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Posts Tagged ‘Snohomish’

Originally published in the Pacific Coast Bulletin, December 10, 1925

Richard Goodhead, mine foreman at Burnett, has been a miner in this state almost as long as coal has been dug here. He has been with the Pacific Coast Coal Company at Burnett since the mine reopened several years ago, and prior to that time was at Franklin and Hyde mines.

Loyal to the company, and loyal to the men under him, he has built up the reputation of being a “Square-Shooter,” and a practical mining man. Proof of the esteem in which he is held is shown by the fact that his friends all call him “Dick.” (more…)

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Originally published in the Pacific Coast Bulletin, December 3, 1925

I’m a coal miner for the same reason that you’re in business. To make a living.

Work in a coal mine is preferable to a job out-of-doors. Neither heat nor cold affect me, and the hazard is less than in railroading or window-washing.

I want my family to live in an American community, where American ideals prevail; where modern schools, churches, and a wholesome community spirit are present.

I want to work where there is not constant friction between employer and employee; where I can get fair play and a square deal.

In the coal mines, the state has one of its greatest natural resources. I want to help develop this industry; that commerce and manufacturing may prosper, and to keep this state free of a foreign fuel dependence.

Work in the coal mines of Washington gives me an opportunity to contribute to the upbuilding of the Pacific Northwest. I spend my money here for food, for clothes, automobiles and radios. You buy the coal which I mine and I’ll continue to add to your wealth as you promote my prosperity.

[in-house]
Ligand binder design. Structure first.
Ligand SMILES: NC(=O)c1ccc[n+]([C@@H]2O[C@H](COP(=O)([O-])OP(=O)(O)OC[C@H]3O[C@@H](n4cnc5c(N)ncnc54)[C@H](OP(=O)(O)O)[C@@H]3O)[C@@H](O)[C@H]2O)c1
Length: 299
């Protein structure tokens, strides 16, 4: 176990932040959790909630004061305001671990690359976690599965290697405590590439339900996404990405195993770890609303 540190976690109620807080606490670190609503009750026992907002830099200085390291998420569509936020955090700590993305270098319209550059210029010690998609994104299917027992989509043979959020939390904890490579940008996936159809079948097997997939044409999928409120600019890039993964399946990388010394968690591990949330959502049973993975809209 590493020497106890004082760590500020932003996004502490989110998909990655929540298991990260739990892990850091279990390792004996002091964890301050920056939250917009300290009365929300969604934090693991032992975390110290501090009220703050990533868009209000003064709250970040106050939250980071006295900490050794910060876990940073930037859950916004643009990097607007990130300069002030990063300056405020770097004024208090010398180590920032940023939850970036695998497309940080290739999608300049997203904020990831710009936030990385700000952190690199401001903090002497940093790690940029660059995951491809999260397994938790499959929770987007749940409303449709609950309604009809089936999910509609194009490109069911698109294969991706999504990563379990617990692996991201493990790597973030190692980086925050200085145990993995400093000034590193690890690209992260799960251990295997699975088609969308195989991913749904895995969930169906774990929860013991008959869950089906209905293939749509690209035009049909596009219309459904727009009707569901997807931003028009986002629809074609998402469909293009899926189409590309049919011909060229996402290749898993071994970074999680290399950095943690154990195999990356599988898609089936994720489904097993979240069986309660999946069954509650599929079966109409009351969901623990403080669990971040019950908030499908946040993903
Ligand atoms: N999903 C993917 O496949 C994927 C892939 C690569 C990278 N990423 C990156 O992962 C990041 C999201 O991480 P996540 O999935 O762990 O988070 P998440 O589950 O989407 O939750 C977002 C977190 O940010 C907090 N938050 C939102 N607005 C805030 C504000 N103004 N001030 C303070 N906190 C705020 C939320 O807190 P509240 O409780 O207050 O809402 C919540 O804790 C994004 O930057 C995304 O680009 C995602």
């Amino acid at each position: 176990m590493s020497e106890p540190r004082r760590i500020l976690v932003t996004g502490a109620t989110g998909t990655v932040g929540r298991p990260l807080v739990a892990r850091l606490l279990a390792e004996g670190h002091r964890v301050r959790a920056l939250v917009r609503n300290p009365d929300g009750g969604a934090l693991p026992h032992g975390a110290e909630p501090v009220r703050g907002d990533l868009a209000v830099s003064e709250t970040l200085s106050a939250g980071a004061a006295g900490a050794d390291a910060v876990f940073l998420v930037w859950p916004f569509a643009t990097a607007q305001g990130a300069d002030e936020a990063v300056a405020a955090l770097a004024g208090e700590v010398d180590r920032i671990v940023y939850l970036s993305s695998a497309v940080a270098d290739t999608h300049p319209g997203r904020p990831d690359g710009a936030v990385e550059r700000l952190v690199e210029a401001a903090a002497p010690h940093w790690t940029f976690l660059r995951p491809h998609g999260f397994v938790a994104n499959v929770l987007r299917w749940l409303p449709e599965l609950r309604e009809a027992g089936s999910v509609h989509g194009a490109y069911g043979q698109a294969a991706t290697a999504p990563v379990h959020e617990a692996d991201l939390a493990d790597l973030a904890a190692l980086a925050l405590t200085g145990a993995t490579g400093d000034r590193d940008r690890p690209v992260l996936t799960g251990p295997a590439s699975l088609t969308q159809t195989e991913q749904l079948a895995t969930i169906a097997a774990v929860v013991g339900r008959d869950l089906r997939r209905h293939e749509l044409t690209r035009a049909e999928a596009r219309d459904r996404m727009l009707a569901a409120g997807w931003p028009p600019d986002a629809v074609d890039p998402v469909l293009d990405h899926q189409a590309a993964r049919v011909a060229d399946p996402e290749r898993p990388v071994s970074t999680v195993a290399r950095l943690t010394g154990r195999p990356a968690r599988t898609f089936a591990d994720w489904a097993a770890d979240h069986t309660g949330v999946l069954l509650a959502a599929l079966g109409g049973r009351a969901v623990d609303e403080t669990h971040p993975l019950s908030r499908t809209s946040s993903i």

R.J. Miller
Newcastle coal miner

Washington coal mines expend more than twenty million dollars annually for payrolls and supplies! (more…)

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Originally published in the Pacific Coast Bulletin, October 8, 1925

Playing good, consistent ball throughout the entire season, the Black Diamond baseball team ended up with flying colors, the champions of the Pacific Coast Coal League for 1925. Saturday night, October 10, the team will celebrate the close of the season with a banquet at the hotel.

In the picture, left to right, front row—F.C. Bergmann, secretary of the club; Geo. Spencer, Johnny Buck, Pete Gallagher, mascot; Neil Andreson, Mike Naffer, H.J. Babb, manager; back row Geo. Allen, treasurer; Grover Kertis, captain: L. Pierotti, Joe Daley, E. Moon Mullen, S. Paxton, Lou LaFray, Joe Snorski, and Wm. Nicholson, president. (more…)

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Originally published in the Pacific Coast Bulletin, June 4, 1925

This photo is from the 1925 P.T.A. visit to Briquetville, near today's Gene Coulon Park.

This photo is from the 1925 P.T.A. visit to Briquetville, near today’s Gene Coulon Park.

More than million briquets made daily